A Year After Afghanistan Fell to the Taliban, a New Bill Aims to Help Evacuees
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Lawmakers Propose Legal Permanent Residence For Afghan Evacuees
One year after American troops left Afghanistan and the Taliban took power, tens of thousands of Afghan evacuees face uncertainty amid a backlogged American immigration system.
A bipartisan group of U.S. lawmakers introduced legislation this week to create a pathway to permanent legal residency for Afghans who fled their home country and who are in the United States on special humanitarian parole, which is temporary. To obtain permanent legal status, those Afghans currently have to go through the beleaguered American asylum system or the Special Immigrant Visa program, slow processes that can mean years of waiting without much clarity from immigration officials.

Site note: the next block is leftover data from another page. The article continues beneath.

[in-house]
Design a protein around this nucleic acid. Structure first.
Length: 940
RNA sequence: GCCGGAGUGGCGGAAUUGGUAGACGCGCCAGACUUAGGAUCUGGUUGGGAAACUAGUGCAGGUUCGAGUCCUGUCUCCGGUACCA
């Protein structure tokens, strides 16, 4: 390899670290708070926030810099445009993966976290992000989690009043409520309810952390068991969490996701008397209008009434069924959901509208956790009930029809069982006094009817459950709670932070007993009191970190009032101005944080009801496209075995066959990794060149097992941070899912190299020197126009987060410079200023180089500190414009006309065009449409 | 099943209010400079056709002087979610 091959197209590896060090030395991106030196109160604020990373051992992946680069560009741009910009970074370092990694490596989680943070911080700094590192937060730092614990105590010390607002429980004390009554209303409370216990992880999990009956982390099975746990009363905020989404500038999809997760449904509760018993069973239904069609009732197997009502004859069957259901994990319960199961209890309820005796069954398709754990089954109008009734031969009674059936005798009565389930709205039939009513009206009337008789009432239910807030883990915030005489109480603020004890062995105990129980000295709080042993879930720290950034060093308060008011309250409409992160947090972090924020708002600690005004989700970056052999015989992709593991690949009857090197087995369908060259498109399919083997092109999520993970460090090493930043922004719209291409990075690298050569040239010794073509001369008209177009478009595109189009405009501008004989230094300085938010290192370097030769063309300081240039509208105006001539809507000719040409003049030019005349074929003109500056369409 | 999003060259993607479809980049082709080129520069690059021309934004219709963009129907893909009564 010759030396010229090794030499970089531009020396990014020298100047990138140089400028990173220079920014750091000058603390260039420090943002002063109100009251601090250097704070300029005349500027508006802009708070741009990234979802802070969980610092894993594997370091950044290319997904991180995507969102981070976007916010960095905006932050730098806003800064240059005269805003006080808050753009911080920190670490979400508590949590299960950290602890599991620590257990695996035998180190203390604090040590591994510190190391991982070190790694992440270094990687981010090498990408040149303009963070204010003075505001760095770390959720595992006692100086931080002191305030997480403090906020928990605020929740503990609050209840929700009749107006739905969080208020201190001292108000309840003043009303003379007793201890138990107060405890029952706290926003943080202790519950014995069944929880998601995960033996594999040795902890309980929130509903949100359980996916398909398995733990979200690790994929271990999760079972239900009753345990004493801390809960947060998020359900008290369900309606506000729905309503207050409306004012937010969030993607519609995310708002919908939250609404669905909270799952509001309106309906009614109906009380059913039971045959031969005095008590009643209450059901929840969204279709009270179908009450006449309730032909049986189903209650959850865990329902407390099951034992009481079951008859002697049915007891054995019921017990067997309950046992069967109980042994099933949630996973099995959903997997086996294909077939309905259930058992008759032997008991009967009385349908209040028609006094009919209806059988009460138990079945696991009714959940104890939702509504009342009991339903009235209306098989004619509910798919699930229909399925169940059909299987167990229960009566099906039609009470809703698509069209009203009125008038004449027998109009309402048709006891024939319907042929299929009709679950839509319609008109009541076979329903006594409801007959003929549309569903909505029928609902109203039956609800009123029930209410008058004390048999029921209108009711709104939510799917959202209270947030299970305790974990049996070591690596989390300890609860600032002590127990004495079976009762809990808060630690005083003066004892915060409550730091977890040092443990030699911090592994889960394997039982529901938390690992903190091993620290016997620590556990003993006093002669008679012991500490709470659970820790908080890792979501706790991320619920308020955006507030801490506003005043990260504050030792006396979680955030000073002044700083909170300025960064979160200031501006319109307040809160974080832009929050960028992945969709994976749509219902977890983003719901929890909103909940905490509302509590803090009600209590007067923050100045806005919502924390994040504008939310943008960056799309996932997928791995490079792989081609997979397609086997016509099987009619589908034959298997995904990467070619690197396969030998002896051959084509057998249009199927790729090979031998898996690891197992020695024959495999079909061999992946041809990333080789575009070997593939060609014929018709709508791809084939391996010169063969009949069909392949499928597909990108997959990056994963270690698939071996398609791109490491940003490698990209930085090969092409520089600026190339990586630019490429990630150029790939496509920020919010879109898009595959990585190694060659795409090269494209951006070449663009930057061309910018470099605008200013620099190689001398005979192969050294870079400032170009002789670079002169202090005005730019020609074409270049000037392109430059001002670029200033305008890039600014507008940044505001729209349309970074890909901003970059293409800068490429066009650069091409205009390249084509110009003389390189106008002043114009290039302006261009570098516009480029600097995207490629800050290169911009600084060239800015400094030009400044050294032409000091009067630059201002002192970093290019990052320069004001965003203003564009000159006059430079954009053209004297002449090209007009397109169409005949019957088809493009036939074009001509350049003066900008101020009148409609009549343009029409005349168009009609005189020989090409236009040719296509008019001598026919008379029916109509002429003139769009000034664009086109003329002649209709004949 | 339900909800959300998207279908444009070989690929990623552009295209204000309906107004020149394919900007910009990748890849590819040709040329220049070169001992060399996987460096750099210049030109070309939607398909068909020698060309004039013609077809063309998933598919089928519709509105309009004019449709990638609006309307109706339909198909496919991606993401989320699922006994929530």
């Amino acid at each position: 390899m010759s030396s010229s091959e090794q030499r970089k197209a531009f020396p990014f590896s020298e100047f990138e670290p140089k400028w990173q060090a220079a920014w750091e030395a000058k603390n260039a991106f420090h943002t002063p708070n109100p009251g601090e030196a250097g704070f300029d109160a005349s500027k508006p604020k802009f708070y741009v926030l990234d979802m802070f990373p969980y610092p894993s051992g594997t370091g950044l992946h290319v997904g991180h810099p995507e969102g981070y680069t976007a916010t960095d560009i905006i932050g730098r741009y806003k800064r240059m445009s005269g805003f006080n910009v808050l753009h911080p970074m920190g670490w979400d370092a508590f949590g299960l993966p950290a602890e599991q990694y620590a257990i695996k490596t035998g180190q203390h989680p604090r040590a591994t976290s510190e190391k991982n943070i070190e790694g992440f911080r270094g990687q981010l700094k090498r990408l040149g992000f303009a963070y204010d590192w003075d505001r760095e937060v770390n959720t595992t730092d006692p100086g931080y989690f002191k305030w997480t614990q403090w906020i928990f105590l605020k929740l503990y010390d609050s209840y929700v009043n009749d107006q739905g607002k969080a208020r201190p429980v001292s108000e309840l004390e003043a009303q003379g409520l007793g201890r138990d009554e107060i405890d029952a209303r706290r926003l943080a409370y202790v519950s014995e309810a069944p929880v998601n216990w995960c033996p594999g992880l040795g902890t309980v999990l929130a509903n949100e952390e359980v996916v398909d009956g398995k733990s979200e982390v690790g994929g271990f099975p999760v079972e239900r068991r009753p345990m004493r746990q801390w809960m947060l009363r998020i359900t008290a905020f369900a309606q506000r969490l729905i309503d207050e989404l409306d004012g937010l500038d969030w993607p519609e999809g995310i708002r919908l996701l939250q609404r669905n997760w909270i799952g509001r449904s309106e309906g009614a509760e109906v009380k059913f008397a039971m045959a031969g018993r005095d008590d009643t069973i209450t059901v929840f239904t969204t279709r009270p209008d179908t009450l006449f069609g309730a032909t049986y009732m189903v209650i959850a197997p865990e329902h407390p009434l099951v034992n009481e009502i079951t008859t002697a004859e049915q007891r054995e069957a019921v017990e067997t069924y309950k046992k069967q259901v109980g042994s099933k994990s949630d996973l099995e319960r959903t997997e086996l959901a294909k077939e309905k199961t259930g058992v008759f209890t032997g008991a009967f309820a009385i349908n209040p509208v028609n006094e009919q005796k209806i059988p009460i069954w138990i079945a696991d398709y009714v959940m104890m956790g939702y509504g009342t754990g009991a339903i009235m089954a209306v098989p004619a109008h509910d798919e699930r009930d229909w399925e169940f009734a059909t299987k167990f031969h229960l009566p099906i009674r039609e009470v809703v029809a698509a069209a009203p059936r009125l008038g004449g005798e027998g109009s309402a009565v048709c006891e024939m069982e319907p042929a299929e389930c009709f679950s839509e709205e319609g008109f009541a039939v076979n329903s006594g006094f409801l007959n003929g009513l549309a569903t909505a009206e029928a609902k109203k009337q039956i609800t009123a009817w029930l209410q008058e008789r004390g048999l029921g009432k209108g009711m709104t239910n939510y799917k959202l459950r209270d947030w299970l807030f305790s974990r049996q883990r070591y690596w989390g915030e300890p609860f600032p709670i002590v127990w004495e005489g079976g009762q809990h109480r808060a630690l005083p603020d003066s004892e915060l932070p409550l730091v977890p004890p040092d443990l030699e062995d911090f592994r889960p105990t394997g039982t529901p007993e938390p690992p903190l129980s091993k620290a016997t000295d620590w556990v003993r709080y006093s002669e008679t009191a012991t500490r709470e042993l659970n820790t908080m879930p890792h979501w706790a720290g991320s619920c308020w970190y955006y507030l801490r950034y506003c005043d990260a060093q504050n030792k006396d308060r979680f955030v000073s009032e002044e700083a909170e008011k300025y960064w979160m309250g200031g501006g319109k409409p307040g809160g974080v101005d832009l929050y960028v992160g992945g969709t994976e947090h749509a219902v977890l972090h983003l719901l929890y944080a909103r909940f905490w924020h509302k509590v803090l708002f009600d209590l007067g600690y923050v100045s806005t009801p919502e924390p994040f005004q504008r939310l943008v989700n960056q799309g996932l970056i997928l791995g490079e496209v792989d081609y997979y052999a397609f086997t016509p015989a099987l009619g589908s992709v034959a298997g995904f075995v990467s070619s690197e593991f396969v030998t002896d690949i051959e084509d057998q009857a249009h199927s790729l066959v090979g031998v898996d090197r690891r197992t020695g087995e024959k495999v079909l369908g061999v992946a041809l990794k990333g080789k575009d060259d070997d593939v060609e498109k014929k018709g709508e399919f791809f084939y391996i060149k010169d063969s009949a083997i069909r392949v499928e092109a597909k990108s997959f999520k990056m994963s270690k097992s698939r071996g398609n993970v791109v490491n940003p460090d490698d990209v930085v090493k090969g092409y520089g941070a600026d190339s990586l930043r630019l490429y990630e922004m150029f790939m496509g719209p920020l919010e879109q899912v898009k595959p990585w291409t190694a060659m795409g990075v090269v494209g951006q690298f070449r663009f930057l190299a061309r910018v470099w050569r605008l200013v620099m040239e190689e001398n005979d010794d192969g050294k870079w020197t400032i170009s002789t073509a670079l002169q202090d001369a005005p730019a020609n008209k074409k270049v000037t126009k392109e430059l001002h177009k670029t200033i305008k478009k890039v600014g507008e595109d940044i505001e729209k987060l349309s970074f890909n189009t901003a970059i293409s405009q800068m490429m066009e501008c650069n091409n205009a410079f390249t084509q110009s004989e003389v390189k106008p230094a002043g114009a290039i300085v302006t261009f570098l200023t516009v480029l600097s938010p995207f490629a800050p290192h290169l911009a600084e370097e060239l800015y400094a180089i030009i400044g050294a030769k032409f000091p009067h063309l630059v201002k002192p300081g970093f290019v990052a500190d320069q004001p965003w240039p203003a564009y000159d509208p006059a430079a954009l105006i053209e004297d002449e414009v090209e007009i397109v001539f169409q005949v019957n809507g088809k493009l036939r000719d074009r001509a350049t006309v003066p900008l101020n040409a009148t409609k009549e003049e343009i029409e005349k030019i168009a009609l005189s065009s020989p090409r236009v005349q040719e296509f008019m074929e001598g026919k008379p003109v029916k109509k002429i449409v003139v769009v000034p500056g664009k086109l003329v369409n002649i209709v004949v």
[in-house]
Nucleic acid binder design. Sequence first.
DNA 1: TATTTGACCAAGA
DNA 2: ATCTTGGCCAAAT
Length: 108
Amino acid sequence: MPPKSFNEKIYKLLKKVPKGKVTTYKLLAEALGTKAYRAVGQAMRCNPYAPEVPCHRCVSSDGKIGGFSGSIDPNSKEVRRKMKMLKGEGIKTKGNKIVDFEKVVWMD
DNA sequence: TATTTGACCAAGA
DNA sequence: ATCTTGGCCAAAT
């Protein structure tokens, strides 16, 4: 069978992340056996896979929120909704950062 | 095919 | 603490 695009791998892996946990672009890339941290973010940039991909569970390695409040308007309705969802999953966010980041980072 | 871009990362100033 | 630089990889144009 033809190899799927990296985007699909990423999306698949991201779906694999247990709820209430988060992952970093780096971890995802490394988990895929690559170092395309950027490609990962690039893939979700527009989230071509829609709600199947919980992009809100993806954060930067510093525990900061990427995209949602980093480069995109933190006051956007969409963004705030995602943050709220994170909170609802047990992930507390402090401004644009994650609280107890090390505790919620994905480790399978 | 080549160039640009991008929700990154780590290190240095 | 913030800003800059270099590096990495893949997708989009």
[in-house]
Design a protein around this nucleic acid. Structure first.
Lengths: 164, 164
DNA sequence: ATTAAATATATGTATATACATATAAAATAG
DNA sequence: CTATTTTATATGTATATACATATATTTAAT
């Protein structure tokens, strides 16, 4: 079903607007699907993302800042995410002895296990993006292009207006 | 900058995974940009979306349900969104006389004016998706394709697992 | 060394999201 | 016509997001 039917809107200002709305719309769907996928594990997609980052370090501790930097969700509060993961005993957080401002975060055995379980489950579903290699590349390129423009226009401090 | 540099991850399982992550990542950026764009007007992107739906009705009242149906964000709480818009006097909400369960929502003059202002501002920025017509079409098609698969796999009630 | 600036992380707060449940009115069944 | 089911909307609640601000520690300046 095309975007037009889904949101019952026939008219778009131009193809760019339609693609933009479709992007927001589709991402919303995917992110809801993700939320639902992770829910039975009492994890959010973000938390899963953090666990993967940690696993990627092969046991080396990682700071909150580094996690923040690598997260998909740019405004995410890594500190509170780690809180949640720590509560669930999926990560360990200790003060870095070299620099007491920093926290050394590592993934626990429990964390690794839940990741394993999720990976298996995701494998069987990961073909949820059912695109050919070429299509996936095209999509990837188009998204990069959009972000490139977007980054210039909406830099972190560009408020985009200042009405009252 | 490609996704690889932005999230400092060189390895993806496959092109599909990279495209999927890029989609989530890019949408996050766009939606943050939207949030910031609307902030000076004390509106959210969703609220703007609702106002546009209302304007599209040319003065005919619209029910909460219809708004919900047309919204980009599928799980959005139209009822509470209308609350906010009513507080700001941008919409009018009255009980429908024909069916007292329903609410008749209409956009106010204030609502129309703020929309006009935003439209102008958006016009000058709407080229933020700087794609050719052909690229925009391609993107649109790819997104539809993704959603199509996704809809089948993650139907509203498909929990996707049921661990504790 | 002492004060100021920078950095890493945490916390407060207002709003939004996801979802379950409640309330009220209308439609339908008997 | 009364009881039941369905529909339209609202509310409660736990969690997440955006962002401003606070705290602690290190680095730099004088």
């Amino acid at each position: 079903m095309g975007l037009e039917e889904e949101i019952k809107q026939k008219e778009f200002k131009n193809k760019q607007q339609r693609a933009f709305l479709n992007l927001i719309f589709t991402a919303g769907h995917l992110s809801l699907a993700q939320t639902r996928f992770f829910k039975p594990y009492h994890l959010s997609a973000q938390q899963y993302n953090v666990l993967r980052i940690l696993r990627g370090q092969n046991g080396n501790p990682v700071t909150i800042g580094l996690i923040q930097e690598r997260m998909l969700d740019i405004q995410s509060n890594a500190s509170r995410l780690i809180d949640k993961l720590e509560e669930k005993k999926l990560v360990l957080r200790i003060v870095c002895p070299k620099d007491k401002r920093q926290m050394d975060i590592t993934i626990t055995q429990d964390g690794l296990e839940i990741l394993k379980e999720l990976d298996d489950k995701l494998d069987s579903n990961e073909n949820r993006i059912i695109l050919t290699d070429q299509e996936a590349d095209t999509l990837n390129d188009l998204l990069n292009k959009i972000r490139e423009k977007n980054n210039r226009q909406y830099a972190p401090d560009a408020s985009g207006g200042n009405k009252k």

The bill, titled the Afghan Adjustment Act, establishes a pathway for Afghans seeking permanent legal residency, including a vetting process separate from the Special Immigrant Visa program or the asylum system. It also expands qualified applicants to the Special Immigrant Visa to include groups previously part of Afghanistan’s military forces and their families. The bill requires transparency from the State Department about Afghan admissions and creates a task force to develop a strategy to support Afghans who are outside of the United States but eligible for Special Immigrant Visa status. SIV recipients include translators and other allies who assisted American and coalition troops during the two-decade war in Afghanistan.
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